“Rapport” is often-times a very ill-defined and abused word.

So, when you think about it, most attempts at building rapport are actually quite repulsive.

Ever speak with someone who just sounded, like … way “too nice?”

It was weird, wasn’t it? Like, why is it so weird when people are overly nice?

I think it’s because it sounds like they want something and this sets off alarms in our subconscious minds.

Plus, we’ve all become busier and busier than ever, it seems … and when you consider how our attention spans seem to be shrinking even more and more, traditional attempts at “rapport-building” are really just annoying, when you think about it …

Like … “How are you today?”

People ask strangers this all the time, but meanwhile, we all know you don’t really care how I’m doing, and I don’t really care how you’re doing, either … I mean, we’re strangers and you’re trying to sell me something!

*(Which, I mean … by the way … so what?! Right? I mean, if I need help and you have something that can help me, who cares if you want to sell something, really. The problem with this is that we’re all oppositional and feel compelled to act like we don’t want something when we need it, so it’s just part of the human condition to fight back, especially when it comes to sales and making purchases).


But anyways, I have a theory about building rapport, and I’ve brought this up many times in training sessions:

“You want to build rapport?” I’ll ask. “Well, here’s how you do it: be a laser-focused pro, be respectful of time, get in and get out, take care of business of course, and guess what? … They’ll love you for it! They’ll thank you for your expert guidance and happily move out on whatever path you recommend.”

And it’s true … All of it.

I have data that backs this up … hundreds and hundreds of recorded calls from different team members of mine with different personalities speaking with all kinds of different leads from all over the country who are at all sorts of various levels of decision-making authority …

And we follow the same communications framework every time which produces the same very consistent and desirable results.

And I’m not talking about hard-scripting, either … but communications framework, where we have the 8 to 10-minute initial conversation mapped out in three different phases with right about 3-minutes’ worth of scripted material, total, and we use it to guide the conversations in a very logical and coherent manner.

And it sounds counter-intuitive, I know, to coach people on not sounding too nice, but believe me on this:

We never ask people how they’re doing … we never ask if we’re catching them at a good time … we never ask about the weather in Biloxi and we never ask about who won the game this past weekend.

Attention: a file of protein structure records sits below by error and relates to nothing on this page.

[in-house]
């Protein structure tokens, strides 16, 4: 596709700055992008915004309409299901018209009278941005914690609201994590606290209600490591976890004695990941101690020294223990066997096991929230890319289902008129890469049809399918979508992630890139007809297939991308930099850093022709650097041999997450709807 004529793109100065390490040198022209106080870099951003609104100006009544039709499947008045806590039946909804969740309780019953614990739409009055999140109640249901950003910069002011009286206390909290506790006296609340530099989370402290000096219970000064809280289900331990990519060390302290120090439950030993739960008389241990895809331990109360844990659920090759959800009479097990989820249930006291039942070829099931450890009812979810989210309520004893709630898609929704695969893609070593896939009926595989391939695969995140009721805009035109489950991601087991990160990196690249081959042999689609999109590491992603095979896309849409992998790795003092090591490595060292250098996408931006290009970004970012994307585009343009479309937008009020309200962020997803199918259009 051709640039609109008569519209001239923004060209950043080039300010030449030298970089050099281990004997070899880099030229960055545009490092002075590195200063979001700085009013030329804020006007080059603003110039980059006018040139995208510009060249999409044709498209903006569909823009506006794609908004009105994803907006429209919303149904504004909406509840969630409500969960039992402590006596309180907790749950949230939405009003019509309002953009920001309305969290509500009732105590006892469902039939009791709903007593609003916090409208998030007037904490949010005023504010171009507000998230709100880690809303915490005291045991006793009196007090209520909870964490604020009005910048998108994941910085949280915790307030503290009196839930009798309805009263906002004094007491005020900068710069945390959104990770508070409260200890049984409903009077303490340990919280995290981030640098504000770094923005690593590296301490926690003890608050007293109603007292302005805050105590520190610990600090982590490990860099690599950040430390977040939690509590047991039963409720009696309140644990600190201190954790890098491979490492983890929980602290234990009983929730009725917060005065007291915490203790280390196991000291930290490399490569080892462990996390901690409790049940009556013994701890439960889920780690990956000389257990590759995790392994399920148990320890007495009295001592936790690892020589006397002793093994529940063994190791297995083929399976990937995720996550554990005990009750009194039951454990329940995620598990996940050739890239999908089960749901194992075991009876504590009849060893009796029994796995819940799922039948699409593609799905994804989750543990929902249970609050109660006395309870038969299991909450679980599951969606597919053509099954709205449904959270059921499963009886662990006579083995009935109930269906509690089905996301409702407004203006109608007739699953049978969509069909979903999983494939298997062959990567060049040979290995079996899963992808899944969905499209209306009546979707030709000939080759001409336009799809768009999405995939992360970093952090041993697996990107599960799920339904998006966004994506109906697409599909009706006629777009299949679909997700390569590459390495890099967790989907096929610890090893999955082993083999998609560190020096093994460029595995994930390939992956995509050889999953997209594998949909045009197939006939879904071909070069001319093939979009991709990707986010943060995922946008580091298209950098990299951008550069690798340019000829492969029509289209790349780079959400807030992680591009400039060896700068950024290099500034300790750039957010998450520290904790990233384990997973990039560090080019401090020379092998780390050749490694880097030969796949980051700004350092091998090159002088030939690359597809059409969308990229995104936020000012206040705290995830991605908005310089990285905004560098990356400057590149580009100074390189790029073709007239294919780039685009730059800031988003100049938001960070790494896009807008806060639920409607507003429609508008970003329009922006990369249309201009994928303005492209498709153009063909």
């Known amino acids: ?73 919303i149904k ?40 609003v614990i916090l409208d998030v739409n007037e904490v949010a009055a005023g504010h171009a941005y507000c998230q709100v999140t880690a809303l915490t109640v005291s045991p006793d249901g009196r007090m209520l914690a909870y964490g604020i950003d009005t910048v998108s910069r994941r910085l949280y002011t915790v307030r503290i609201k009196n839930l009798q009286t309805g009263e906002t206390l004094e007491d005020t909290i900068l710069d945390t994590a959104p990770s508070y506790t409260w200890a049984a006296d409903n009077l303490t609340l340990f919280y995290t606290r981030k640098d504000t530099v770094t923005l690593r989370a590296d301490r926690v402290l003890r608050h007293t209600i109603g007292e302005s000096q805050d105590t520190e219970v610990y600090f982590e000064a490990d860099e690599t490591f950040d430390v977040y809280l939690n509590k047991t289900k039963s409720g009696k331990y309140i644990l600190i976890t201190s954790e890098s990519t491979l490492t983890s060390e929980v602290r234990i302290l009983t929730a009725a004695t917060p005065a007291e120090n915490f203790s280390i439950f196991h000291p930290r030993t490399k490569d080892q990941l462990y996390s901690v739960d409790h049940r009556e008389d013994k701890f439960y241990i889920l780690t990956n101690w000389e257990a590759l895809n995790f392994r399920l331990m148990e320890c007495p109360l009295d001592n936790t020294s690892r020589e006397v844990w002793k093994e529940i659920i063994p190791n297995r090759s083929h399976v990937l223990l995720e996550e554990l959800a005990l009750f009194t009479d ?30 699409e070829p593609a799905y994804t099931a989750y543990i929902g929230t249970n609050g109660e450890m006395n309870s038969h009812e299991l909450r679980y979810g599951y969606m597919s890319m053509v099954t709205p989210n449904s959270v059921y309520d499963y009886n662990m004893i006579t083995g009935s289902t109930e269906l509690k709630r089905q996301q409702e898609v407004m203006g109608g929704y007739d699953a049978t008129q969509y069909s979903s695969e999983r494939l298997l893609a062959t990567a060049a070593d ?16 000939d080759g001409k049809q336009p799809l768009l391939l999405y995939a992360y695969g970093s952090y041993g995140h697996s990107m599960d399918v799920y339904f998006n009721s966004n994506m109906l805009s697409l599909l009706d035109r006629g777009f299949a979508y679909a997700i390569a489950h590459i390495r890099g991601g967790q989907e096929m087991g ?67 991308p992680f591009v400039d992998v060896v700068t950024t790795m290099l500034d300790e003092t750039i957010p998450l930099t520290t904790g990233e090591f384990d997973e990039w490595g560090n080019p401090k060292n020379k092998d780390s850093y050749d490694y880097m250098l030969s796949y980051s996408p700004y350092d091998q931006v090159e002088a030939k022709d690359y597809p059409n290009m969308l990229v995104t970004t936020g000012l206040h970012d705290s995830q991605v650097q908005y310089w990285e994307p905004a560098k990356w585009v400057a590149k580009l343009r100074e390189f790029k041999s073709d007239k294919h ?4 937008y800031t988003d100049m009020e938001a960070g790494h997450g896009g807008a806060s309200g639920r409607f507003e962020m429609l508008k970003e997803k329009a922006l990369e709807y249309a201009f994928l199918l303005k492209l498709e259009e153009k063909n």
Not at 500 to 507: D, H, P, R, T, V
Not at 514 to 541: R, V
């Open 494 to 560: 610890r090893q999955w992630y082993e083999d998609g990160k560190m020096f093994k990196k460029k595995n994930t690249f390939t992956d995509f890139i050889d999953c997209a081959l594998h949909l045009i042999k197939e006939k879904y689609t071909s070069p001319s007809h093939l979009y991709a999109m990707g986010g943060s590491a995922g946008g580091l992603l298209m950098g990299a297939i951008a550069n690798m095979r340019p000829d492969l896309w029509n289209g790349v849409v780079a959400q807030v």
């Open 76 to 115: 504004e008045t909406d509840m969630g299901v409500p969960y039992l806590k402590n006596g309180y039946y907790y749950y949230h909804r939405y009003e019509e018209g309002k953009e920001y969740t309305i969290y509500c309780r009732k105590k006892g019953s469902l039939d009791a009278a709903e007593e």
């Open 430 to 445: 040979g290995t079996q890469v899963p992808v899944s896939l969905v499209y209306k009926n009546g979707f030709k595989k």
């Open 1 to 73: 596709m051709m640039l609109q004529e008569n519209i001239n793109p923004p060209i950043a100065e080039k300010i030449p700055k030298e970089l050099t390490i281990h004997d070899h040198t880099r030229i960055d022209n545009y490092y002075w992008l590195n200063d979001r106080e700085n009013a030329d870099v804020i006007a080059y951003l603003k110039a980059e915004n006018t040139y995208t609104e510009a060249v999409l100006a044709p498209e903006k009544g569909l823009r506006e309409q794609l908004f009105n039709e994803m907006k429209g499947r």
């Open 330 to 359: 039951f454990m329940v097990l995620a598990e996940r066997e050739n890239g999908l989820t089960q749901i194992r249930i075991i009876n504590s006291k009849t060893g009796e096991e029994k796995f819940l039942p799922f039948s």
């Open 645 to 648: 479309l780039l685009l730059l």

What we do is, is we go into each call mentally prepared and laser-focused on delivering the best experience possible with our framework mapped out in front of us … and we execute on it.

We know what we’re gonna say before we have to say it, and because of this … tactic … we don’t really have to try and come up with something intelligent or clever to say at the moment of execution …

And to our potential clients, it all seems like an easy, carefree, naturally flowing experience, but to us, trust me … it’s all very well-planned out.

Because of all of this strategic preparation, it frees us up to really focus in on our approach and delivery, where we purposefully use the right tonalities at the right places with the right spacing and cadence and inflection to safely navigate the primitive parts of our potential clients’ brains and access their Neocortex to really connect and communicate on a conscious level.

I mean, think about it: Words are Powerful. Information is Powerful … and Tonality is very Powerful …

And really, over the phones … what else do you have?

These are your weapons, and we use them to consistently take potential clients from a state of uncertainty to a state of certainty all within a matter of an eight to ten minute call …

But … what a lot of people don’t know … is that there are actually two types of Certainty: and that’s Logical Certainty … and Emotional Certainty.

two types of certainty

So having the right words and information mapped out helps to build the case for Logical Certainty and delivering them in the right order with the right tonalities helps to build the case for Emotional Certainty.

And you can listen back to the recordings and hear the nervousness and combativeness in the potential clients’ voices at the beginning of the calls and how quickly they get comfortable and open up to us … because they feel like they’re working with experts …

And how by the end of those calls, they’re expressing genuine appreciation for our expert guidance and how they always say that they’re looking forward to the next steps …

So we set our sales team up with leads who are responsive, happy, ready, willing and able to take the next steps because they feel safe … and feel like they’re working with pros who care, who understand them and can help them fix whatever problem they’re experiencing that they don’t know how to fix on their own …

AND, really … it all starts … with just nailing … the first :28 seconds.


Published by Thomas Hurley

I am a father, husband, drummer, boater, marketer, communicator, animal-lover.

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